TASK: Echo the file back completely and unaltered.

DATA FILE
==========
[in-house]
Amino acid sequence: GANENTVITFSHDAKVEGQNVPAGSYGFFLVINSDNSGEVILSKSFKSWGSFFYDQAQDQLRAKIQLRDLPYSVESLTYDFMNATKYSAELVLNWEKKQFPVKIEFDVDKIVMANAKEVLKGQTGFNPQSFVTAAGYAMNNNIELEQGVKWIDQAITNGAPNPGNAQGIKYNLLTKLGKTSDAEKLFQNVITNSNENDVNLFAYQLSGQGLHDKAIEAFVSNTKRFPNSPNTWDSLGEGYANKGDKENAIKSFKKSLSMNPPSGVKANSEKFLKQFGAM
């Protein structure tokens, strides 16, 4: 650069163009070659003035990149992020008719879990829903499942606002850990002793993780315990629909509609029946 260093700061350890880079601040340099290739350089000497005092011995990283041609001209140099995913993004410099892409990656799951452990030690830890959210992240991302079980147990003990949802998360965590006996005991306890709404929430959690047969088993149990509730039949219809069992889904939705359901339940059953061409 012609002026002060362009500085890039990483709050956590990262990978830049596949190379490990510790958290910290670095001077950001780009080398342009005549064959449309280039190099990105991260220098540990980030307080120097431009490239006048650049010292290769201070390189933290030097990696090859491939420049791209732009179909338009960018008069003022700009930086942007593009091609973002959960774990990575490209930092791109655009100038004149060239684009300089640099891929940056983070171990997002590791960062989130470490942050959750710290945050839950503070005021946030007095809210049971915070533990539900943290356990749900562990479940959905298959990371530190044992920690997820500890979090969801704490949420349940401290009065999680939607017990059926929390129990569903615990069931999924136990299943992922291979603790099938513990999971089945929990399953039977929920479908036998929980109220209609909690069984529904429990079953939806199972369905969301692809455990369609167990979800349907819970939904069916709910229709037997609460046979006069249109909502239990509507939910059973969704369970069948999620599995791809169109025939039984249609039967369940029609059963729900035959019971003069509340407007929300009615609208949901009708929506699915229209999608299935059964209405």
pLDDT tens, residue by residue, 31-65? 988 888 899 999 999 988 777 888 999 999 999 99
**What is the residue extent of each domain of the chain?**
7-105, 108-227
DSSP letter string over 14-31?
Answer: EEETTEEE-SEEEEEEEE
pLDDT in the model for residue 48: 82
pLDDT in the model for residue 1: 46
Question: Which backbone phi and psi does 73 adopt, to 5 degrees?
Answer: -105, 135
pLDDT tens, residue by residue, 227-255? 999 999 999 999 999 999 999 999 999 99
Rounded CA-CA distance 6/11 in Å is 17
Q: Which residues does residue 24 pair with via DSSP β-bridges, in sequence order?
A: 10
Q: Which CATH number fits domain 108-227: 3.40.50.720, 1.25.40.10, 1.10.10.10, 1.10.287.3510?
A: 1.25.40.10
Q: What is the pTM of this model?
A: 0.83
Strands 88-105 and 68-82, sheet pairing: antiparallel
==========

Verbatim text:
[in-house]
Amino acid sequence: GANENTVITFSHDAKVEGQNVPAGSYGFFLVINSDNSGEVILSKSFKSWGSFFYDQAQDQLRAKIQLRDLPYSVESLTYDFMNATKYSAELVLNWEKKQFPVKIEFDVDKIVMANAKEVLKGQTGFNPQSFVTAAGYAMNNNIELEQGVKWIDQAITNGAPNPGNAQGIKYNLLTKLGKTSDAEKLFQNVITNSNENDVNLFAYQLSGQGLHDKAIEAFVSNTKRFPNSPNTWDSLGEGYANKGDKENAIKSFKKSLSMNPPSGVKANSEKFLKQFGAM
């Protein structure tokens, strides 16, 4: 650069163009070659003035990149992020008719879990829903499942606002850990002793993780315990629909509609029946 260093700061350890880079601040340099290739350089000497005092011995990283041609001209140099995913993004410099892409990656799951452990030690830890959210992240991302079980147990003990949802998360965590006996005991306890709404929430959690047969088993149990509730039949219809069992889904939705359901339940059953061409 012609002026002060362009500085890039990483709050956590990262990978830049596949190379490990510790958290910290670095001077950001780009080398342009005549064959449309280039190099990105991260220098540990980030307080120097431009490239006048650049010292290769201070390189933290030097990696090859491939420049791209732009179909338009960018008069003022700009930086942007593009091609973002959960774990990575490209930092791109655009100038004149060239684009300089640099891929940056983070171990997002590791960062989130470490942050959750710290945050839950503070005021946030007095809210049971915070533990539900943290356990749900562990479940959905298959990371530190044992920690997820500890979090969801704490949420349940401290009065999680939607017990059926929390129990569903615990069931999924136990299943992922291979603790099938513990999971089945929990399953039977929920479908036998929980109220209609909690069984529904429990079953939806199972369905969301692809455990369609167990979800349907819970939904069916709910229709037997609460046979006069249109909502239990509507939910059973969704369970069948999620599995791809169109025939039984249609039967369940029609059963729900035959019971003069509340407007929300009615609208949901009708929506699915229209999608299935059964209405």
pLDDT tens, residue by residue, 31-65? 988 888 899 999 999 988 777 888 999 999 999 99
**What is the residue extent of each domain of the chain?**
7-105, 108-227
DSSP letter string over 14-31?
Answer: EEETTEEE-SEEEEEEEE
pLDDT in the model for residue 48: 82
pLDDT in the model for residue 1: 46
Question: Which backbone phi and psi does 73 adopt, to 5 degrees?
Answer: -105, 135
pLDDT tens, residue by residue, 227-255? 999 999 999 999 999 999 999 999 999 99
Rounded CA-CA distance 6/11 in Å is 17
Q: Which residues does residue 24 pair with via DSSP β-bridges, in sequence order?
A: 10
Q: Which CATH number fits domain 108-227: 3.40.50.720, 1.25.40.10, 1.10.10.10, 1.10.287.3510?
A: 1.25.40.10
Q: What is the pTM of this model?
A: 0.83
Strands 88-105 and 68-82, sheet pairing: antiparallel